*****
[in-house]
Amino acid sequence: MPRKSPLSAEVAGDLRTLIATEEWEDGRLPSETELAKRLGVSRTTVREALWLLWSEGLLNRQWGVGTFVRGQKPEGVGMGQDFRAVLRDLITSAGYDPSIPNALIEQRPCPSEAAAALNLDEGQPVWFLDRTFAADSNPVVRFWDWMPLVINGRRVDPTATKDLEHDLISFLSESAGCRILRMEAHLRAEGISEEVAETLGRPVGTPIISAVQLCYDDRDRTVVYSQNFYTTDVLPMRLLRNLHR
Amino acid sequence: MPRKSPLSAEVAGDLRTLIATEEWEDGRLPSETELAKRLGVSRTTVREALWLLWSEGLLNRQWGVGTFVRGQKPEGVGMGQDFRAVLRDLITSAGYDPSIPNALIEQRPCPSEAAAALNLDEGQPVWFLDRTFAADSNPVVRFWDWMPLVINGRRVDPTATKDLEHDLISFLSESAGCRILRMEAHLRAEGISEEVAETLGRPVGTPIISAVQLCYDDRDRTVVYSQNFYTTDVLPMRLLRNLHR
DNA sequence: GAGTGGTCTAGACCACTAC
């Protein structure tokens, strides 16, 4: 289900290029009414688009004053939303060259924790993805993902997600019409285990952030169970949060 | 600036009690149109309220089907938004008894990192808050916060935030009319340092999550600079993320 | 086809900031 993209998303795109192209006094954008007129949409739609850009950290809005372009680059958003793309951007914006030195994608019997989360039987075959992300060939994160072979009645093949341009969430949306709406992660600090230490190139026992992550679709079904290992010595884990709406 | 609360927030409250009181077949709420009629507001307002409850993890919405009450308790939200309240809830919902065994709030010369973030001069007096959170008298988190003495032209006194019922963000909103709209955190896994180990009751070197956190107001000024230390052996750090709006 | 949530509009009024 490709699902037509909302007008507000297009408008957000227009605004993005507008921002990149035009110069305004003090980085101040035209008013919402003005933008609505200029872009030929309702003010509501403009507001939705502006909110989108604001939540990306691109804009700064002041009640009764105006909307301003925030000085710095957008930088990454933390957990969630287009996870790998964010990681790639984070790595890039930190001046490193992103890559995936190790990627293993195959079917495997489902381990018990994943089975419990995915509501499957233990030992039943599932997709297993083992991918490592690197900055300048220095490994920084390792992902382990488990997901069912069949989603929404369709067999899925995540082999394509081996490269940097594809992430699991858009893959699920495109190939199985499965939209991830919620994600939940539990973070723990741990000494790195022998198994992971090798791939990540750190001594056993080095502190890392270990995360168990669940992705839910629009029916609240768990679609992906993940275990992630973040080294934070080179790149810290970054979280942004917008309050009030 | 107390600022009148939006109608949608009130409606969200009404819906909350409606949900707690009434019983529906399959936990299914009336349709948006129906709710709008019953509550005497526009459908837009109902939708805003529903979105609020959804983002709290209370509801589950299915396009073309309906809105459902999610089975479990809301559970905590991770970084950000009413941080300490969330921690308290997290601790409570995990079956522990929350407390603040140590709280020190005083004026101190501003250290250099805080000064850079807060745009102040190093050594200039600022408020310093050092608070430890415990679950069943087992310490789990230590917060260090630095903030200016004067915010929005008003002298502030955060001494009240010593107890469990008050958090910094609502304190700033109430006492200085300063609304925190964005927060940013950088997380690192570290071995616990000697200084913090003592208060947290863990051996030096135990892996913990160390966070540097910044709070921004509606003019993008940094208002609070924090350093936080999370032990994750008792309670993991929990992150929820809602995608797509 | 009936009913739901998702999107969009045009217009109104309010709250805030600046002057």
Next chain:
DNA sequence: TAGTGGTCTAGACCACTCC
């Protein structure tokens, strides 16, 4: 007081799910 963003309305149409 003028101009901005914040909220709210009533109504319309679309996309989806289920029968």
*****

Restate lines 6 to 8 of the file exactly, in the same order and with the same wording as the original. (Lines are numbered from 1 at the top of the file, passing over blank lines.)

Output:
Next chain:
DNA sequence: TAGTGGTCTAGACCACTCC
């Protein structure tokens, strides 16, 4: 007081799910 963003309305149409 003028101009901005914040909220709210009533109504319309679309996309989806289920029968």